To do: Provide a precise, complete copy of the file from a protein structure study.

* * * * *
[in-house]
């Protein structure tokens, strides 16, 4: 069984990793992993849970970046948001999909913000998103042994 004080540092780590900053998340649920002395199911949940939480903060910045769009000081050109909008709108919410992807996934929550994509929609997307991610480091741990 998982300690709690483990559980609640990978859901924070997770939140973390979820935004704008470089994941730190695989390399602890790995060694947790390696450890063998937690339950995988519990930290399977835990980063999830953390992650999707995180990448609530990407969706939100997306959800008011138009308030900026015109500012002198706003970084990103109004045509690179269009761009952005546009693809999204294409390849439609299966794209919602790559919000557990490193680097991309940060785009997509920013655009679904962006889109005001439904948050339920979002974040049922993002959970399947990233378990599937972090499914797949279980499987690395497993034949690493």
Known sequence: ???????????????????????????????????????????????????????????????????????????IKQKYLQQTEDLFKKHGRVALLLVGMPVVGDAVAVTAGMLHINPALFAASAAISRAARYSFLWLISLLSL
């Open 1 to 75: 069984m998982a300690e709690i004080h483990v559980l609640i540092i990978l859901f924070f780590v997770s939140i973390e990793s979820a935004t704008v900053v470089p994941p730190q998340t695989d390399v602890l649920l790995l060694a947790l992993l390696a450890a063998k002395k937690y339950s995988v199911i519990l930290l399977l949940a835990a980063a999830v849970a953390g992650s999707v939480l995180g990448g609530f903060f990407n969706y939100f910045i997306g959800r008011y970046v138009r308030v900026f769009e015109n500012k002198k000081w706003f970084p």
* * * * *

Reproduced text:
[in-house]
């Protein structure tokens, strides 16, 4: 069984990793992993849970970046948001999909913000998103042994 004080540092780590900053998340649920002395199911949940939480903060910045769009000081050109909008709108919410992807996934929550994509929609997307991610480091741990 998982300690709690483990559980609640990978859901924070997770939140973390979820935004704008470089994941730190695989390399602890790995060694947790390696450890063998937690339950995988519990930290399977835990980063999830953390992650999707995180990448609530990407969706939100997306959800008011138009308030900026015109500012002198706003970084990103109004045509690179269009761009952005546009693809999204294409390849439609299966794209919602790559919000557990490193680097991309940060785009997509920013655009679904962006889109005001439904948050339920979002974040049922993002959970399947990233378990599937972090499914797949279980499987690395497993034949690493």
Known sequence: ???????????????????????????????????????????????????????????????????????????IKQKYLQQTEDLFKKHGRVALLLVGMPVVGDAVAVTAGMLHINPALFAASAAISRAARYSFLWLISLLSL
């Open 1 to 75: 069984m998982a300690e709690i004080h483990v559980l609640i540092i990978l859901f924070f780590v997770s939140i973390e990793s979820a935004t704008v900053v470089p994941p730190q998340t695989d390399v602890l649920l790995l060694a947790l992993l390696a450890a063998k002395k937690y339950s995988v199911i519990l930290l399977l949940a835990a980063a999830v849970a953390g992650s999707v939480l995180g990448g609530f903060f990407n969706y939100f910045i997306g959800r008011y970046v138009r308030v900026f769009e015109n500012k002198k000081w706003f970084p």